The Genovese Crime Family, which had regulated competition in the highrise concrete and drywall and ceilings sectors for the previous 30 years, also began cultivating relationships with some coalitions around this time, basically to protect their rackets from being interfered with.

Coalitions still did shapeups, of course, but their politics began to drift to the right and now there were some racist contractors who actually paid protection money to coalitions to keep their crews all White!

The two Maoist-founded coalitions, Harlem Fightback and the Chinese Construction Workers Association, went in a different direction. Their leaders cultivated ties with the academic left and became policy advocates, while still continuing to do the shapeups.

Fightback and CCWA’s goal was to use their ties with the not for profit social services world to lobby the government to give more contracts to African American-, Latino- and Chinese-owned contractors.

Fightback and CCWA’s goal was to use their ties with the not for profit social services world to lobby the government to give more contracts to African American-, Latino- and Chinese-owned contractors.

The idea was basically left wing trickle down economics – if minority contractors got more jobs, they’d hire more minority tradespeople.

By the late 1990s the coalitions began to be hit by collateral damage from the racketeering crackdowns being carried out against the Genoveses and other crime families by federal and New York City authorities. Arrests, prosecutions and convictions of many site coordinators basically stopped the shapeups.

By 1998, the busloads of red armbanded minority workers roaming around jobsites were no longer a part of the New York construction scene.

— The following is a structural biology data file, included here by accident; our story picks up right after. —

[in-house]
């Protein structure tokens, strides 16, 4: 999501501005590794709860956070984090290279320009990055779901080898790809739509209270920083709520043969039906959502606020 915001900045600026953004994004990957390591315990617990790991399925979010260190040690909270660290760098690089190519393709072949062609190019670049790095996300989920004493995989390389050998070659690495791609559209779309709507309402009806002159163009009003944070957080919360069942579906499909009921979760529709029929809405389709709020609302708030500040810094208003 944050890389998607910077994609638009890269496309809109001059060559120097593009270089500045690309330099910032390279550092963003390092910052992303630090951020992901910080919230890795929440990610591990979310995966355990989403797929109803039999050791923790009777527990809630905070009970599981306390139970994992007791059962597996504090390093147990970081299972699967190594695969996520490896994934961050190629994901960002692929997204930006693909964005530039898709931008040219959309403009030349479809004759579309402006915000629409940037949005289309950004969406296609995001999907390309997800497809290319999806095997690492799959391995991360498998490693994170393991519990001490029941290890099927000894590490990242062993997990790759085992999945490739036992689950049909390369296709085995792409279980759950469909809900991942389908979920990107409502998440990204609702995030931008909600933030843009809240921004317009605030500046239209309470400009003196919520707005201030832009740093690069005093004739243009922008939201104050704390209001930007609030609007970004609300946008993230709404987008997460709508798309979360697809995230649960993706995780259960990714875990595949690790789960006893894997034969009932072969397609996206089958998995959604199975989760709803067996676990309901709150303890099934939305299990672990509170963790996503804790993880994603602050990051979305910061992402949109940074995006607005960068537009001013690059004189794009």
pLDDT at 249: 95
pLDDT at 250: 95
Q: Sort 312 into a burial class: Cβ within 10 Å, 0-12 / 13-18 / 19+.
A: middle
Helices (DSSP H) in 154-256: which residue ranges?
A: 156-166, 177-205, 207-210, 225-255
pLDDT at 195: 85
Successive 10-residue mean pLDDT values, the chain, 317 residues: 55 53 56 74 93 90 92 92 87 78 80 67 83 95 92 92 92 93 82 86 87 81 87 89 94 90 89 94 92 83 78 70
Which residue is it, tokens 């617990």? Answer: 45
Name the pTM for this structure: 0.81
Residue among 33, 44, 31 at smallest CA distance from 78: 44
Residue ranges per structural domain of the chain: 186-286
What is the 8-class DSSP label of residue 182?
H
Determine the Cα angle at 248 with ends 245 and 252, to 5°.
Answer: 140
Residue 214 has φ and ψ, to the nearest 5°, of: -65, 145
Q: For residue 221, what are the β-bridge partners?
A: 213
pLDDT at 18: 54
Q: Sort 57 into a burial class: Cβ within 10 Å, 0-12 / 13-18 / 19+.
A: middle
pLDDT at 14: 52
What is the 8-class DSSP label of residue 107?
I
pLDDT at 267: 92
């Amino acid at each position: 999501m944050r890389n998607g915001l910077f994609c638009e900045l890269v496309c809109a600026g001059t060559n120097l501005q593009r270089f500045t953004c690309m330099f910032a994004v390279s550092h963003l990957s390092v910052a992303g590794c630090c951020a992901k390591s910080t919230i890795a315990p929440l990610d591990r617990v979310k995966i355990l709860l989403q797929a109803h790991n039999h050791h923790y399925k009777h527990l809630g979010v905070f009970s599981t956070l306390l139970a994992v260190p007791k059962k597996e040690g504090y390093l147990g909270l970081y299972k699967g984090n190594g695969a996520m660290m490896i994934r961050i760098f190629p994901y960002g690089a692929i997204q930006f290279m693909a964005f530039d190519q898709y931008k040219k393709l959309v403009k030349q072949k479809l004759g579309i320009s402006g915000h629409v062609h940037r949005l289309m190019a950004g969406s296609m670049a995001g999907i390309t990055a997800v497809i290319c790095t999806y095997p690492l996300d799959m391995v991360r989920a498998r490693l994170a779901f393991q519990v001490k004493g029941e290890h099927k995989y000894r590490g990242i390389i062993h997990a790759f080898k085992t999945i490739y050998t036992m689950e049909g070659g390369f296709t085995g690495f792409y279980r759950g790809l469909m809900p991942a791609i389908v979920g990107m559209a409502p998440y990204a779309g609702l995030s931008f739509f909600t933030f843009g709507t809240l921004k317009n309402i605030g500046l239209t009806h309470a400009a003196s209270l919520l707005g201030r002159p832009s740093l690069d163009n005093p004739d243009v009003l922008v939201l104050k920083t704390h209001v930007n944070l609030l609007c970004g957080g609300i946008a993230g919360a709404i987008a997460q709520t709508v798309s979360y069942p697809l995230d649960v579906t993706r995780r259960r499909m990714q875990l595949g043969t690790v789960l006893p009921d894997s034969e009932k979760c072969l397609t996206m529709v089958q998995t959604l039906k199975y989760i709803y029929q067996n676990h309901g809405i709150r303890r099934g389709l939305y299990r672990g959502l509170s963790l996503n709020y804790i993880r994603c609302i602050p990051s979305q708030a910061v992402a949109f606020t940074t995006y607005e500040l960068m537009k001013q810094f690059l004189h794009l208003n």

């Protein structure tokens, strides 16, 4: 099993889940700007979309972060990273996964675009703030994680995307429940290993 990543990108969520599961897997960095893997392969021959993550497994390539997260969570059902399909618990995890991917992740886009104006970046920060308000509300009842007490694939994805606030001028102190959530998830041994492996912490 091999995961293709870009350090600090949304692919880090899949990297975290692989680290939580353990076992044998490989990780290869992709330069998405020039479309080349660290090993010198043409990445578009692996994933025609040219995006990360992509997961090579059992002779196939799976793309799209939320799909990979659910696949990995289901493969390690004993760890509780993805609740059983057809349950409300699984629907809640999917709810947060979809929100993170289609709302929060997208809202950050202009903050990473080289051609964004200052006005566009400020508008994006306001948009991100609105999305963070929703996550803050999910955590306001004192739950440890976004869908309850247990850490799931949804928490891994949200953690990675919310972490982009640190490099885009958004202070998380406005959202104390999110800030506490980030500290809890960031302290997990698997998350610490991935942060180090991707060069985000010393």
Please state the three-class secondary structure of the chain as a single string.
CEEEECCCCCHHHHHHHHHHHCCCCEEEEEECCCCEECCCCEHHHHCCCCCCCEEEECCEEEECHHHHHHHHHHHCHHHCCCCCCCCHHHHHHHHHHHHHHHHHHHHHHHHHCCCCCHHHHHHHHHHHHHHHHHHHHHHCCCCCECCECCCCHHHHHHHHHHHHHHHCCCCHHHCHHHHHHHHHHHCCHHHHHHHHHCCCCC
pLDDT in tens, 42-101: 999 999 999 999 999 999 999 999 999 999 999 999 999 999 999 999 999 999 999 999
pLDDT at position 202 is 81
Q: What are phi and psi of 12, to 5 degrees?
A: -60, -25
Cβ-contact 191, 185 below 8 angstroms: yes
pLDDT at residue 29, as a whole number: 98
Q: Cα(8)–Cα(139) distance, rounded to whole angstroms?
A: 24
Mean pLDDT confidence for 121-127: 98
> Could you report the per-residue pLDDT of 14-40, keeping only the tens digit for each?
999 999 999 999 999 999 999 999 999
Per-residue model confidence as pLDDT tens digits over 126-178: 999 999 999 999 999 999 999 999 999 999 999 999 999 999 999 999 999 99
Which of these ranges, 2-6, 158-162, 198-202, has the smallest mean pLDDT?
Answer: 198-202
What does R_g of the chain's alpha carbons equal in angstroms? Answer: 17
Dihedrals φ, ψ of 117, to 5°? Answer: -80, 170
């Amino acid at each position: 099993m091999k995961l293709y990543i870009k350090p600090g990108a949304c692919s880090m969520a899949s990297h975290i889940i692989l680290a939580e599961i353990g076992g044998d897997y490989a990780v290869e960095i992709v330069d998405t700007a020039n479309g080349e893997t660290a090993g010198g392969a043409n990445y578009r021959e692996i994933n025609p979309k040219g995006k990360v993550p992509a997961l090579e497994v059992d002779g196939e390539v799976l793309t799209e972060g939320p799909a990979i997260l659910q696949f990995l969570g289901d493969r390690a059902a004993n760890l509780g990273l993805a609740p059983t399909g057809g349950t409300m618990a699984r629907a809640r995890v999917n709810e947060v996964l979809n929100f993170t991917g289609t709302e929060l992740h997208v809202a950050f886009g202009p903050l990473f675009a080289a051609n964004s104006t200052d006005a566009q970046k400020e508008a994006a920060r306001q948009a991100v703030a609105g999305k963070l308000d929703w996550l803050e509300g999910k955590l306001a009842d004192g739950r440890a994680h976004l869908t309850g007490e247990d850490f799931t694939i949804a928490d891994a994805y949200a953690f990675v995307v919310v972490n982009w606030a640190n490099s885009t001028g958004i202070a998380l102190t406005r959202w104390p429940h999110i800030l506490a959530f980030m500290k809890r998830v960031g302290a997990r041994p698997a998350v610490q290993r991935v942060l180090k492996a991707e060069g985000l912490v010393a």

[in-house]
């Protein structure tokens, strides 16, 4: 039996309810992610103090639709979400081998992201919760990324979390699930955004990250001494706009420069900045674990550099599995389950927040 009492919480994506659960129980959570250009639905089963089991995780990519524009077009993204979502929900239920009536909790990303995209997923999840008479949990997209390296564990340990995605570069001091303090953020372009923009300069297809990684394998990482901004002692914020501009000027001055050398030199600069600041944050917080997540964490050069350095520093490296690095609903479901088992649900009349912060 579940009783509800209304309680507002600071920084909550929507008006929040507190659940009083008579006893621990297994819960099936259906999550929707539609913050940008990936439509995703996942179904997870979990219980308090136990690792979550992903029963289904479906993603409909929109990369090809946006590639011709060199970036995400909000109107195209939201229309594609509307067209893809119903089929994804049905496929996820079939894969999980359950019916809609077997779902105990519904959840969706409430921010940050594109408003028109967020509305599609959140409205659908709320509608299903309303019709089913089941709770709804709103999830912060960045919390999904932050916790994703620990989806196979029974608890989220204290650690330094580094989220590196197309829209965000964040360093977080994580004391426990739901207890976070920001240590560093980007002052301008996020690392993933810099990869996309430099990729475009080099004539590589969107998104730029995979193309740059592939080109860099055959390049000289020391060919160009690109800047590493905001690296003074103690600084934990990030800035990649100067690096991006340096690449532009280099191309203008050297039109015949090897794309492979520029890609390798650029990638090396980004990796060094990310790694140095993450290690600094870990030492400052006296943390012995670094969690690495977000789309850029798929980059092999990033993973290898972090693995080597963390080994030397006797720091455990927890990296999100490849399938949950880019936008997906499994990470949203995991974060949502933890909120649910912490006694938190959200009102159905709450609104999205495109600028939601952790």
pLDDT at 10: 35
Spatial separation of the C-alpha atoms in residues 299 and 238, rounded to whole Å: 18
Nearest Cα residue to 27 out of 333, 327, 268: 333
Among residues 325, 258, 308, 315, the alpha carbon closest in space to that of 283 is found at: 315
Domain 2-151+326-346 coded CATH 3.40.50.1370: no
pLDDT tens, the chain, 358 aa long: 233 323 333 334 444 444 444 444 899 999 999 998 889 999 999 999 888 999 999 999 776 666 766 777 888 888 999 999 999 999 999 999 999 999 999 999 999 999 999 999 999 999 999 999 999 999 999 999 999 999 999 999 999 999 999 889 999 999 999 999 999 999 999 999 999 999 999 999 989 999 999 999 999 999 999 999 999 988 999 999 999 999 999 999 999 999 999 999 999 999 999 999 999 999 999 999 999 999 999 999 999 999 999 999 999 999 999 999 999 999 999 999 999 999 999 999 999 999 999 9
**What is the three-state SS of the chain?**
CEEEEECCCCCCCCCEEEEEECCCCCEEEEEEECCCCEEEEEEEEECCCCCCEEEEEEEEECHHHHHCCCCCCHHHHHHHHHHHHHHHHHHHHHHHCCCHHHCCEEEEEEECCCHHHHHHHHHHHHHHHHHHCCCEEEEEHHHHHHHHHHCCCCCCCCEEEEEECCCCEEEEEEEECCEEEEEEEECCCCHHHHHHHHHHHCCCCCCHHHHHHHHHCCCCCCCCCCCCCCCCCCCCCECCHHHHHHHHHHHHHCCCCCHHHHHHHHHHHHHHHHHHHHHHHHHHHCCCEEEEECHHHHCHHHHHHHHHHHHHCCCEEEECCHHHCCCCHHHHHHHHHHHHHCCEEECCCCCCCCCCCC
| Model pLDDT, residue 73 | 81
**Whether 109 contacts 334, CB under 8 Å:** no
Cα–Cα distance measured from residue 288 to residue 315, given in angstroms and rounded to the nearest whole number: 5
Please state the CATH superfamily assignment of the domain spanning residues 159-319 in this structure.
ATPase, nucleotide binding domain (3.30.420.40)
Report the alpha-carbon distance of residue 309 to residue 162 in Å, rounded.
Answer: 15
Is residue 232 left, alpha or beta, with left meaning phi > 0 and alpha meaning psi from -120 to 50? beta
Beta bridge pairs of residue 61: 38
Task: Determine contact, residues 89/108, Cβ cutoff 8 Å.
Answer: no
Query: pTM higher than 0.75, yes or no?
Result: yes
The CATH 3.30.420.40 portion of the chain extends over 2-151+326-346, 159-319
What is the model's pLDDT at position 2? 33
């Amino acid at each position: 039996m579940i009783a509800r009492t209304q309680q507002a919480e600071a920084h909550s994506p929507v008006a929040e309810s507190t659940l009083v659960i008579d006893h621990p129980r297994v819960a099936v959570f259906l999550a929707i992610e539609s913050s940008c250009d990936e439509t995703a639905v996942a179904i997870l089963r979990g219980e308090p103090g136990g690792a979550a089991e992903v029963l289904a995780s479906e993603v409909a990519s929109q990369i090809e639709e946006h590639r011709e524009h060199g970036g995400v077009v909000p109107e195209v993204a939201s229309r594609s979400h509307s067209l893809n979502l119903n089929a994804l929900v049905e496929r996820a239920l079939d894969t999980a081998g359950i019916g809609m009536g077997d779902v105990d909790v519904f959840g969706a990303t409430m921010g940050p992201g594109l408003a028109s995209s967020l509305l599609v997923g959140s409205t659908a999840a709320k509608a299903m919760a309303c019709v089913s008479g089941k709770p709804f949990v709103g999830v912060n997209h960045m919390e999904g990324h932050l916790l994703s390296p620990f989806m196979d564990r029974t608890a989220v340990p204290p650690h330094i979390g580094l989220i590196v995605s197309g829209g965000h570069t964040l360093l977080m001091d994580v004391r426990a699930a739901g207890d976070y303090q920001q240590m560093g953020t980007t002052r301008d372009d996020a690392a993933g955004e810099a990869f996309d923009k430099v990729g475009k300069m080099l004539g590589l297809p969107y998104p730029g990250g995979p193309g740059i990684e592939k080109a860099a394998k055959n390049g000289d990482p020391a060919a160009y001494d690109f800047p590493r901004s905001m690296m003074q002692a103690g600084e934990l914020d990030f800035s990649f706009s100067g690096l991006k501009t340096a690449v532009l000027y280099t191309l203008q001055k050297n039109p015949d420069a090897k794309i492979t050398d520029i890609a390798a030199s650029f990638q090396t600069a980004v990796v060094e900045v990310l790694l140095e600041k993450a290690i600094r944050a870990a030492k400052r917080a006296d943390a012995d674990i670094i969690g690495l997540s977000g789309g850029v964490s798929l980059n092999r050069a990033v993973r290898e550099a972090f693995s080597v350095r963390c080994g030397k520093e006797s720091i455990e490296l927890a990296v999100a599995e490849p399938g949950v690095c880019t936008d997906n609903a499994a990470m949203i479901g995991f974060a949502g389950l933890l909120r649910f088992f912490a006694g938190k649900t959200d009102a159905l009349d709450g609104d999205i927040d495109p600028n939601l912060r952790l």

A few of the coalitions, like Harlem Fightback, CCWA and Positive Workforce, remained functional but with a far less aggressive posture.

This may be changing. With all the mass joblessness and misery in the inner cities and the extreme decay of the unions, the coalitions have a niche to fill.

Hopefully, the revived activism of the coalitions will trigger more widespread activism among construction workers of all races – with our unions presently under severe attack, somebody has to step up and hopefully the other remaining coalitions will follow Positive Workforce’s lead here.

Gregory A. Butler, Local 157 Carpenter, writes commentary for Gangbox: Construction Workers News Service. He can be reached at GregoryAButler@aol.com, gangboxnews@yahoogroups.com or gangbox@googlegroups.com or through http://finance.groups.yahoo.com/group/gangboxnews/, http://groups.google.com/group/gangbox/, http://myspace.com/gregory10031, http://gangboxnews.blogspot.com or http://clnews.org. He describes himself in his profile on In These Times as a “union carpenter, shop steward, revolutionary communist, African American man, lifelong New Yorker, labor journalist, author of ‘Disunited Brotherhoods: Race, racketeering and the fall of the New York construction unions’ and ‘Lost Towers: Inside the World Trade Center cleanup.’”

Watch a March 17, 2010, WLWT news video on an NAACP protest against the exclusion of Black contractors by the Cincinnati school district by clicking here.

9 thoughts on “Black and Brown workers protest White contractor in Harlem

  1. Kathy Demar

    This story just goes to show how hysterical, ignorant and STUPID people are. Skanska is a publicly-owned corporation from Sweden. It does not have an "owner". Furthermore, jobs are given out based on who is the LOW BIDDER. Why do minorities think that they should be given a job simply because they say so. If Skanska has to be the low-bidder to get work so should minority contractors. Finally, there are very few minority contractors that can obtain the bonds necessary to even bid on these large jobs and oh yeah, the coalitions that the author writes about with stars in his eyes are largely criminal enterprises that got minorities work on construction projects by the use of and threat of force. Give me a break already.

    Reply
    1. MOVIE, REVIEWED

      Kathy,

      The reason the Coalition had to use force to integrate the industry was because of employer racism.

      I have no "stars in my eyes" about that – but I do admire those freedom fighters who kicked in the door of a segregated industry. But for them I'd never have been able to become a union carpenter.